Canadian Patents Database / Patent 2057315 Summary

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(12) Patent Application: (11) CA 2057315
(54) English Title: INK CONTAINER CARTRIDGE AND MANUFACTURING METHOD THEREFOR
(54) French Title: CARTOUCHE D'ENCRE ET METHODE DE FABRICATION
(51) International Patent Classification (IPC):
  • B41J 2/175 (2006.01)
(72) Inventors :
  • UJITA, TOSHIHIKO (Japan)
  • MATSUMOTO, HARUYUKI (Japan)
(73) Owners :
  • UJITA, TOSHIHIKO (Not Available)
  • MATSUMOTO, HARUYUKI (Not Available)
  • CANON KABUSHIKI KAISHA (Japan)
(71) Applicants :
(74) Agent: RIDOUT & MAYBEE LLP
(74) Associate agent:
(45) Issued:
(22) Filed Date: 1991-12-09
(41) Open to Public Inspection: 1992-06-11
Examination requested: 1991-12-09
(30) Availability of licence: N/A
(30) Language of filing: English

(30) Application Priority Data:
Application No. Country/Territory Date
409958/1990 Japan 1990-12-10

English Abstract




ABSTRACT OF THE DISCLOSURE
An ink container cartridge includes an ink
containing portion; a plug for being pierced by a
hollow needle; a device for preventing reverse flow of
the ink to the containing portion, the preventing
device comprising a valve, a first liquid passage in
which the valve is movable and a second passage
disposed closer to the ink containing portion than the
first passage, and the valve is capable of closing the
second passage.


yu038/1489


Note: Claims are shown in the official language in which they were submitted.

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THE EMBODIMENTS OF THE INVENTION IN WHICH AN EXCLUSIVE
PROPERTY OR PRIVILEGE IS CLAIMED ARE DEFINED AS FOLLOWS:
1. An ink container cartridge, comprising:
an ink containing portion;
a plug for being pierced by a hollow needle;
means for preventing reverse flow of the ink
to said containing portion, said preventing means
comprising a valve, a first liquid passage in which
said valve is movable and a second passage disposed
closer to said ink containing portion than said first
passage, and said valve is capable of closing the
second passage.
2. A cartridge according to Claim 1, wherein the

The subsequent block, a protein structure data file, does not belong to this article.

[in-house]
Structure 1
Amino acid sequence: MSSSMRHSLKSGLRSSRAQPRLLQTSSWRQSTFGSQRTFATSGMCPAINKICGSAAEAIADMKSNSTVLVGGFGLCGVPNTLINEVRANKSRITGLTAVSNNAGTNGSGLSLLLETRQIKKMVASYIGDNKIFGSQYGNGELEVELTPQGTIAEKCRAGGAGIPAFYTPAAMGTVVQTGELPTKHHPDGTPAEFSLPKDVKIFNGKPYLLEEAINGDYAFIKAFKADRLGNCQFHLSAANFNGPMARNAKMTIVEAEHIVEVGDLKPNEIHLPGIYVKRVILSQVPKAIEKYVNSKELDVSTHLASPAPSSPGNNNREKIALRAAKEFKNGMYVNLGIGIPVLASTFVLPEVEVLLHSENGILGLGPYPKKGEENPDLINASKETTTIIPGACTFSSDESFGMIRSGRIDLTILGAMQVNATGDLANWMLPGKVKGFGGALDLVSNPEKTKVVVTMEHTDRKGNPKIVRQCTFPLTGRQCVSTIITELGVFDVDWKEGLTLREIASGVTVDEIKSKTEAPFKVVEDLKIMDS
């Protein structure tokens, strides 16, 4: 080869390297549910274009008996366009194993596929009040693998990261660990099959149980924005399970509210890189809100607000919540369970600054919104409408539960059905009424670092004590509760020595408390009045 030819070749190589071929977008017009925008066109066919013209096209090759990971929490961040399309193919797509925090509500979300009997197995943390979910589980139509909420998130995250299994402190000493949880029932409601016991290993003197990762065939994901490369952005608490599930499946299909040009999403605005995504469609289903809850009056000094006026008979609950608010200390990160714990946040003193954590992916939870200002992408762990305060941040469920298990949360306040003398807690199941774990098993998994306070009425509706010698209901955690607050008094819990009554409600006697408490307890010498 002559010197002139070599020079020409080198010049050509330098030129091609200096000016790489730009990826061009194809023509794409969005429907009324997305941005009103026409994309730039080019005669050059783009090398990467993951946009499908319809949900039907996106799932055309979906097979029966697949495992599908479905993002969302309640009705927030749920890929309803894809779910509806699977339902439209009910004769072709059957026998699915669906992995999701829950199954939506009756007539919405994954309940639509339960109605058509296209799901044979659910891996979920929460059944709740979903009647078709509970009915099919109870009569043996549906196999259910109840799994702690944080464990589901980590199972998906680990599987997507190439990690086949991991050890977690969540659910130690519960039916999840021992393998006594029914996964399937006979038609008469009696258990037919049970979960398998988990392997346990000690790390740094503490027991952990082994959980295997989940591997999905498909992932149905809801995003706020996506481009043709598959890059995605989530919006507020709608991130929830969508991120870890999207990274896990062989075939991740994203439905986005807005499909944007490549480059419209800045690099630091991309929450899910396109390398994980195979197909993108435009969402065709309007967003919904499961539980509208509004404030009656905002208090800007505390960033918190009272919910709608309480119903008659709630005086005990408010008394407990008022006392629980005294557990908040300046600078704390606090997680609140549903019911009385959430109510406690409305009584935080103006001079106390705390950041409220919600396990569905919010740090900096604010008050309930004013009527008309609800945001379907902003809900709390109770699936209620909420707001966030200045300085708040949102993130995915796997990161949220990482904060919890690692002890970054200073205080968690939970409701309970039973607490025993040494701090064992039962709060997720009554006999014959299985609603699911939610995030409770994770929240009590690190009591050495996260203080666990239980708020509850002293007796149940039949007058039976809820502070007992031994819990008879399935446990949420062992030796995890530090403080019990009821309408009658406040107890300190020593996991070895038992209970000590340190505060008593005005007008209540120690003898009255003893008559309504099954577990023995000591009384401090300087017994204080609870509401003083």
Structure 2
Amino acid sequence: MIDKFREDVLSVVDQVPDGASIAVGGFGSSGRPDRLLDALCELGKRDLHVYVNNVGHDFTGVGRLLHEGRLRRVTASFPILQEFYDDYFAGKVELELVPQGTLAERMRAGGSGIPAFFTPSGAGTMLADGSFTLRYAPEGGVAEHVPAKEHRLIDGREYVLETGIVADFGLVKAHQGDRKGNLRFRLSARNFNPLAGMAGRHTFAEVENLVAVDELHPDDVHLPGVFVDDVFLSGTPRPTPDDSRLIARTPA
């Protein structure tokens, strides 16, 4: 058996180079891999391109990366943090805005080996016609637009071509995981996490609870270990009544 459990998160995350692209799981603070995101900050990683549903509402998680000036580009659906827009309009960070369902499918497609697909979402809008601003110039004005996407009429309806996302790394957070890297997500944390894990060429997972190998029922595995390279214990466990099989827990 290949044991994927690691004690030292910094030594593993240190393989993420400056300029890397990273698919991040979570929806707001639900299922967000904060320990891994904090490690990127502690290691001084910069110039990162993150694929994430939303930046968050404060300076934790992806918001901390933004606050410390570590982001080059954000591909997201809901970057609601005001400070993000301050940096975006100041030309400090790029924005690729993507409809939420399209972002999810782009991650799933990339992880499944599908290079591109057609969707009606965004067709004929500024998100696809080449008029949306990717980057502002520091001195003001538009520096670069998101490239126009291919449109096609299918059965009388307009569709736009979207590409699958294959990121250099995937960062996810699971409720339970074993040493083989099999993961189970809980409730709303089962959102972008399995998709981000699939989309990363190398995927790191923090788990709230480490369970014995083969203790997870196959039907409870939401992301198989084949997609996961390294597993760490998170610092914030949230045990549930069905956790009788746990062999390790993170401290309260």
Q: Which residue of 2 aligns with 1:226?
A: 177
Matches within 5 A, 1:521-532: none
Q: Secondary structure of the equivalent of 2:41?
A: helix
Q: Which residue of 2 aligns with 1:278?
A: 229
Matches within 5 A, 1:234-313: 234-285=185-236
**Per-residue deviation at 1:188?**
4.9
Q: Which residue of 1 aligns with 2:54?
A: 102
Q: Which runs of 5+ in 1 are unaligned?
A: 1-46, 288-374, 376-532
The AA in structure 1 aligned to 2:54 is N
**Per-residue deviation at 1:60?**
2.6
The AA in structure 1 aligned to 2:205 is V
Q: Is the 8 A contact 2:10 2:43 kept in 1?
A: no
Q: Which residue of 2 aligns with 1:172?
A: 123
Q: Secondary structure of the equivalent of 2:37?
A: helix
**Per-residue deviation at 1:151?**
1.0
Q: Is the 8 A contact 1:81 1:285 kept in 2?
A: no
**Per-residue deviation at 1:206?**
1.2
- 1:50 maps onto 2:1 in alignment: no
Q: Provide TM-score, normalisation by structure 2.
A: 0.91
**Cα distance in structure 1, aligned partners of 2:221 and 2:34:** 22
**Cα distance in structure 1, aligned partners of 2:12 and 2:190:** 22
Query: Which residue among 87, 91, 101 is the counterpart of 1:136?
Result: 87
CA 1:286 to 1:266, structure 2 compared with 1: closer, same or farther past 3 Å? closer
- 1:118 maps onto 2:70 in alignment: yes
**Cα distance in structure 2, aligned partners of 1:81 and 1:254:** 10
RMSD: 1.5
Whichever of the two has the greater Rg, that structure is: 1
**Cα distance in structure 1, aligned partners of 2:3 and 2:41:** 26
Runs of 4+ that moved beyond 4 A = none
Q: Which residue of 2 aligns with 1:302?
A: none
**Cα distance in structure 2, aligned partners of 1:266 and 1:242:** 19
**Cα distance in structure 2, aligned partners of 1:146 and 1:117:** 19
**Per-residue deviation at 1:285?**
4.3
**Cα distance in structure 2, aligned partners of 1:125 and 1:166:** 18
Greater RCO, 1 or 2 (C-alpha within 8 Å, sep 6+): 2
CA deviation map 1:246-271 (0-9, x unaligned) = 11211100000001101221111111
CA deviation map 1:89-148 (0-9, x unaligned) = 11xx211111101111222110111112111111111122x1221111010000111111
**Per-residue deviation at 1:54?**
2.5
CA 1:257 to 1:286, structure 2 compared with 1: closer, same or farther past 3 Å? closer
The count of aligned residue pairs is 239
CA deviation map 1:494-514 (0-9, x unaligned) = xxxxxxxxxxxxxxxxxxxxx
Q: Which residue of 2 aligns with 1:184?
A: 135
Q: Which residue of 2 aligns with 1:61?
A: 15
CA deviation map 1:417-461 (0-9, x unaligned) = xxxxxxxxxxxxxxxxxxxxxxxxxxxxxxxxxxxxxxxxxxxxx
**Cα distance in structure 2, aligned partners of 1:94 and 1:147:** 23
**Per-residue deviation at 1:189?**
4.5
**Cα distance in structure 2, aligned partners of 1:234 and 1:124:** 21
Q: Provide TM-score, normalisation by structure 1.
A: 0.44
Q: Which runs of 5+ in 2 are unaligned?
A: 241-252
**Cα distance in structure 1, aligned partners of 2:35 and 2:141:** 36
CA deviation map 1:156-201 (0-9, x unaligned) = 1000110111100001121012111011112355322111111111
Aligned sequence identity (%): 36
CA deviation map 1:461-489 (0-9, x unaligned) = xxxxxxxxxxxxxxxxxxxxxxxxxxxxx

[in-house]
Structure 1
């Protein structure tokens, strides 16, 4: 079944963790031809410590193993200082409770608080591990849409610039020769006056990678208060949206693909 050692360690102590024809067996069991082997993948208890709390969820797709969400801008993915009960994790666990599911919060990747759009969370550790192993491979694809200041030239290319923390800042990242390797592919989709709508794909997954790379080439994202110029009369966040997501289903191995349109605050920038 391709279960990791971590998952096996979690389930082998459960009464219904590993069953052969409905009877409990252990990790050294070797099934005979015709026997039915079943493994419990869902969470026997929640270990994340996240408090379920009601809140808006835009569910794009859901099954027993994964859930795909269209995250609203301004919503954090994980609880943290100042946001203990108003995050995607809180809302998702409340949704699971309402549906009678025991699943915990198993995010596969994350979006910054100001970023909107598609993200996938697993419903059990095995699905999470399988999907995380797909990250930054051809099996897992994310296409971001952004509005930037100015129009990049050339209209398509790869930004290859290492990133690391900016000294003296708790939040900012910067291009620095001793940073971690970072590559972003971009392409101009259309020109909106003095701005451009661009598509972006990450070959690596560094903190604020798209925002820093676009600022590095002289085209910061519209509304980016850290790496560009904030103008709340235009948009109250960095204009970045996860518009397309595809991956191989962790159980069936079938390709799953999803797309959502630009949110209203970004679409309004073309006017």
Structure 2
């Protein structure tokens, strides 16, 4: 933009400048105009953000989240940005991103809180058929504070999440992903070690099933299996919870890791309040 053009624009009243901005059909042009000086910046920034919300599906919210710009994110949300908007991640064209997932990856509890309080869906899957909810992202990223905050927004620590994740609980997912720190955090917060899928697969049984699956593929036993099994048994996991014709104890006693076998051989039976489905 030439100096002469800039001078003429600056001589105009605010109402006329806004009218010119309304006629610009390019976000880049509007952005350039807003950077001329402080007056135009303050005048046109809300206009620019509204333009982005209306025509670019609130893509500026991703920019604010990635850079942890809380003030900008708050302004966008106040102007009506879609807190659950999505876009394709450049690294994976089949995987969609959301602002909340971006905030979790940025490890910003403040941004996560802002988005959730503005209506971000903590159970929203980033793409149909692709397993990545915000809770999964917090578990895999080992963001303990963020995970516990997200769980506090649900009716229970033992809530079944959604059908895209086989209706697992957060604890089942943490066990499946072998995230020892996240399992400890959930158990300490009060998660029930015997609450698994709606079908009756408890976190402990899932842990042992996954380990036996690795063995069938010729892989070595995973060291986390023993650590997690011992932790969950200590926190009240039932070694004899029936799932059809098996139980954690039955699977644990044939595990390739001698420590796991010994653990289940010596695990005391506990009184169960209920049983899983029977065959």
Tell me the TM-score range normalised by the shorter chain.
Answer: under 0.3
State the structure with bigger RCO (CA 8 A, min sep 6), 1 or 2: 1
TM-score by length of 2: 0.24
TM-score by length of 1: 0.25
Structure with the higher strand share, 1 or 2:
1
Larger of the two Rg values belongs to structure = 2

first passage has a length larger than an insertion
length of the needle to avoid influence to movement of
the valve.
3. A cartridge according to Claim 1, wherein a
diameter of the second passage is smaller than that of
the first passage.

4. A cartridge according to Claim 1, wherein said
first passage is provided with an inward projection.

5. A cartridge according to Claim 1, wherein the
first passage is provided with smaller diameter portion
at a side away from said ink containing portion.


-33-
6. A method of manufacturing an ink cartridge,
comprising:
preparing an ink container having an ink
containing portion, a liquid passage communicating with
the ink containing portion and a plug for plugging the
liquid passage;
filling the containing portion with ink;
mounting a valve into the liquid passage;
mounting the plug;
effecting sucking through the plug to
discharge air from said containing portion.

7. A method according to Claim 6, wherein said
passage is provided with a projection for preventing
movement of the valve away from the containing portion
but permits passage of the ink.

8. A method according to Claim 6, wherein said
passage further comprises a second projection, and said
valve is accommodated between the first and second
projections.

9. A method according to Claim 8, wherein said
valve is set between the projections before said
plugging step, and the valve is urged inwardly beyond
the first projection.